Hulu with Live TV review: the best option for cord-cutters?
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Updated September 18, 2020: Internet TV is a small but growing category of streaming services, with companies across the tech and entertainment worlds trying to get a foothold. Hulu, a tech company owned by entertainment companies, entered the space in 2017 with a highly specific vision of what live TV should look like in the future. First and foremost, Hulu with Live TV (yes, that is the real name) wants to re-contextualize your television experience by divorcing shows from networks, and in turn, create a more personal television experience.
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Hulu with Live TV is an over-the-top internet TV service. Over-the-top, in this context, does not mean Hulu is dramatic – instead, it means you’re getting it on top of your normal internet service, as opposed to bundled alongside it. The service provides about 50 live TV channels, cloud DVR and the full library of Hulu content, including classic shows and originals. All of this starts at $39.99 per month and is accessible through the Hulu app on most smartphones, Apple TV, Roku, Xbox One and more.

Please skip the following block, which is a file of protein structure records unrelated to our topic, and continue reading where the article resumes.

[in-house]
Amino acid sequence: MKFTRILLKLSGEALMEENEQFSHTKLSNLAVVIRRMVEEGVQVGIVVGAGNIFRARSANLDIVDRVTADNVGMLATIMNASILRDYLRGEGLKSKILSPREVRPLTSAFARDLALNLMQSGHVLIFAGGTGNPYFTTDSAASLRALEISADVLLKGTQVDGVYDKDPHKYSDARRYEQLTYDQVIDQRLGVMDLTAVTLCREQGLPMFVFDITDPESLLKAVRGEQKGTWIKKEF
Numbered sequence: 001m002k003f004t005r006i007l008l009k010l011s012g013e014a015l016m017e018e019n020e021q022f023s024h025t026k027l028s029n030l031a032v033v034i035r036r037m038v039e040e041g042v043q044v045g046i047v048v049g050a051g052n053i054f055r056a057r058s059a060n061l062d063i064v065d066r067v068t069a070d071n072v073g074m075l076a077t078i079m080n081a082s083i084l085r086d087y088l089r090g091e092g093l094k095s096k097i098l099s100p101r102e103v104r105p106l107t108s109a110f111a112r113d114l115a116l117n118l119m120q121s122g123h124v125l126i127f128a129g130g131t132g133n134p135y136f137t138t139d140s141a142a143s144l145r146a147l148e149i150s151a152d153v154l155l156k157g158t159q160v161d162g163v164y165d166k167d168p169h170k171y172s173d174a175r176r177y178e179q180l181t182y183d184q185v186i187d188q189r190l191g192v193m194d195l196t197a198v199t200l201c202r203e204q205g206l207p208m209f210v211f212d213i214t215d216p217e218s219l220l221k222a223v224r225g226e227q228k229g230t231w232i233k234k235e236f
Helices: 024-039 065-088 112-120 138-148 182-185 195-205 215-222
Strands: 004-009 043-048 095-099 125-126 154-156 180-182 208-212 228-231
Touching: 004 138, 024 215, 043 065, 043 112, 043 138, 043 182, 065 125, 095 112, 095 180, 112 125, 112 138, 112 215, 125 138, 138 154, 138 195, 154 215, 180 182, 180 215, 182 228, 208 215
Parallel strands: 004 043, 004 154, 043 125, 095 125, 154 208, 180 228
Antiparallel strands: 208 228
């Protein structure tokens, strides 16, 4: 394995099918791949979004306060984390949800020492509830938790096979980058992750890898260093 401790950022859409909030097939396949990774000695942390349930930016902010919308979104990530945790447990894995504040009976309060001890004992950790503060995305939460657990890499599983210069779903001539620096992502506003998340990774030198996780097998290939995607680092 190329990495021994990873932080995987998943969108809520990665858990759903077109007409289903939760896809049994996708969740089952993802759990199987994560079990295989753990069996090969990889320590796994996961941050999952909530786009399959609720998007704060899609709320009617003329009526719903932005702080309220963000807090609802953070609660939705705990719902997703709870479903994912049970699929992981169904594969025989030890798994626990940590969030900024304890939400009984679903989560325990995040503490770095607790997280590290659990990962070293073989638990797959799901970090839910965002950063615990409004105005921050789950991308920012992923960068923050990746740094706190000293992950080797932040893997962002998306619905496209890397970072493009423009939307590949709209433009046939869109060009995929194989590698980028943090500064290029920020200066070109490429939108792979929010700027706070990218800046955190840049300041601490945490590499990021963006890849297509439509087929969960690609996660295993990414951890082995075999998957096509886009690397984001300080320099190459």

If you want to compare Hulu with Live TV to its competitors, take a look at Sling TV, Playstation Vue, DirecTV Now, and YouTube TV. It’s difficult to do an apples-to-apples price comparison between these services – channel availability varies, as does the the look and feel of the service.
Unlike cable and other internet TV services, Hulu with Live TV does not have multiple channel bundles – you get all of the channels they offer, with the exception of premium networks. HBO, Cinemax and Showtime are available at their standard monthly fees.
You can view the full list of channels available below: